A question that arises in our Friday morning study of Matthew’s gospel, “Will the disciples ever get it?” In chapter 16, Jesus warns the disciples about the leaven, the negative influence, of the Pharisees and Sadducees. However, the disciples are upset that someone has forgotten to bring lunch. Jesus says he recently fed 9,000 people with some bread and a few fish. He can provide lunch. “I’m not talking about bread. But the dangerous thinking of the Pharisees and Sadducees.” The disciples finally get it. Aha! The crisis is not in their stomachs.
The disciples are a mirror for Christians. Will we ever get it? Recently, I heard a sermon on the sower who went out to plant his field and some of the seed fell on shallow soil, some among thorns, some on a path and some on good soil. The preacher said that all of us have patches in our lives where the Word isn’t productive.
I’ve noticed a mean spiritedness in some of our attitudes in the field of politics. Where else do the thorns and thistles grow in our lives? Where else is the field of our heart stony or a well-worn path of scabbed over, but never completely healed hurts?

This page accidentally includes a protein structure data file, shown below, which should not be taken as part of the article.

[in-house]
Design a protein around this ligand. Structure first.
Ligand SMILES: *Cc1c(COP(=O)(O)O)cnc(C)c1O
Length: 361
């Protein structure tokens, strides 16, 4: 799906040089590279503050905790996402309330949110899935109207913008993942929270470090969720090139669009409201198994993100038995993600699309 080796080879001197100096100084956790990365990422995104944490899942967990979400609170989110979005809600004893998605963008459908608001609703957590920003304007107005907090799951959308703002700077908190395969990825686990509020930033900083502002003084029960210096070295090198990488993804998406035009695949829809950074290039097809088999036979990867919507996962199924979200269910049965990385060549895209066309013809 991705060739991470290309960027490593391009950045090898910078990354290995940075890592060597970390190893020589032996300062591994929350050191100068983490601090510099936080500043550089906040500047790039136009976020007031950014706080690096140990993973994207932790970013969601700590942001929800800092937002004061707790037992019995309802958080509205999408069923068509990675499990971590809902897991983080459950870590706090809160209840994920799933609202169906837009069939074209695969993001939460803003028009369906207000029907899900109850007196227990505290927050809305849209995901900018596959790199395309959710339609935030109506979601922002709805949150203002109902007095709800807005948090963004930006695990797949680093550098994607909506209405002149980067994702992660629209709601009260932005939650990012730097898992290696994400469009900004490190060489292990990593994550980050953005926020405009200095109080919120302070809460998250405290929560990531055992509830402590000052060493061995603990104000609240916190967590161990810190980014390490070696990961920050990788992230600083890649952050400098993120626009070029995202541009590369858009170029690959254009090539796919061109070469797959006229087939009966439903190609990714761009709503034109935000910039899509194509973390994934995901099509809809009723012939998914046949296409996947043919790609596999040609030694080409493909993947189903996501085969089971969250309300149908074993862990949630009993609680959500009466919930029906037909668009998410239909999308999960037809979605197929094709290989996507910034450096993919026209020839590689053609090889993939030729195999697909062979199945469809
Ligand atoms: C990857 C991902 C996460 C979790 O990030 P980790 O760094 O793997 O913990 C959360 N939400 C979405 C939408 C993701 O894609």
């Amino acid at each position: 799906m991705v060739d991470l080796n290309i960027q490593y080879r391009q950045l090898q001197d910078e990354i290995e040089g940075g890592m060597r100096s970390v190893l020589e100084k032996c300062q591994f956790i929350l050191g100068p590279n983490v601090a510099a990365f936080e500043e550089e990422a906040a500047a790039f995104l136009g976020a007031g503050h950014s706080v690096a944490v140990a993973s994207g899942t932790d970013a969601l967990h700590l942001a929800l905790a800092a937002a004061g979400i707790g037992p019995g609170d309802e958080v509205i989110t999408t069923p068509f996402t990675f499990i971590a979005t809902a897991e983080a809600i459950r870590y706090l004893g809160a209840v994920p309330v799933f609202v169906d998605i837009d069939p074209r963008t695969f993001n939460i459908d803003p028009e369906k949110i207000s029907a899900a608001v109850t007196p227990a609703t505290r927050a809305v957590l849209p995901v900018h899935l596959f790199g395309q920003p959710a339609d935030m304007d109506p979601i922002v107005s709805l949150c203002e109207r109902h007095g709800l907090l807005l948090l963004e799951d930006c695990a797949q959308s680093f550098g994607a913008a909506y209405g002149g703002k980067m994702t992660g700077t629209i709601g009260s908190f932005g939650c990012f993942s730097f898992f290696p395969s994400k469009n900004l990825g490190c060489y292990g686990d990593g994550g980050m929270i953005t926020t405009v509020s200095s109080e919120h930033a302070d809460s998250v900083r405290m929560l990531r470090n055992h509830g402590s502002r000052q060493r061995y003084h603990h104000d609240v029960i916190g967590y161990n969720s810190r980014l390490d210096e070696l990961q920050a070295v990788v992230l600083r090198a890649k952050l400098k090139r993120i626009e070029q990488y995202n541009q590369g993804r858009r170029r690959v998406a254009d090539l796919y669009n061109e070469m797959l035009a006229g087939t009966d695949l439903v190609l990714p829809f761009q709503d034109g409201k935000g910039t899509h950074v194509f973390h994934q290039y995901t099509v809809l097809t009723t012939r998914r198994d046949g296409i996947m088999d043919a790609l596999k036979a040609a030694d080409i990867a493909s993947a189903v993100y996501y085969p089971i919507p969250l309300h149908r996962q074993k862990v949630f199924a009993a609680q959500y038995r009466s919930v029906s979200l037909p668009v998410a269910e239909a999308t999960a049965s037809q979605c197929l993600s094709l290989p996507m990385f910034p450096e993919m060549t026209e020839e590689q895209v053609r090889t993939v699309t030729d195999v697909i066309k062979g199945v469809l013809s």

Let me paraphrase Paul in our epistle reading for this weekend, “To this end Christ died and lived again that he might be Lord both of the stony ground and Pharisee in ourselves as well as that which is alive to Christ.”
The epistle for Holy Cross Day is I Corinthians 1:18-21. In verse 23 Paul writes, “We preach Christ crucified, a stumbling block to Jews and folly to Gentiles.” What kind of god would save people through the cruelty of a crucifixion? Really? It’s ridiculous.
However, for us who believe in the foolish and bloody crucifixion of Jesus, the cross speaks volumes about God who always seems to pick the most difficult means of accomplishing his purpose. Wouldn’t it have been easier and more popular to have a superhero savior who at the last minute freed himself from the cross, pulled it out of the ground and used it to pulverize his enemies? Wouldn’t Communion be more appealing with a cup of coffee and a crème filled chocolate covered doughnut? Wouldn’t it be more appealing to hear that deep down inside we’re all okay after all?
But God has made the cross the thing. In a display of foolishness and weakness God showed his power and wisdom through Christ crucified. An instrument of death is become an instrument of life.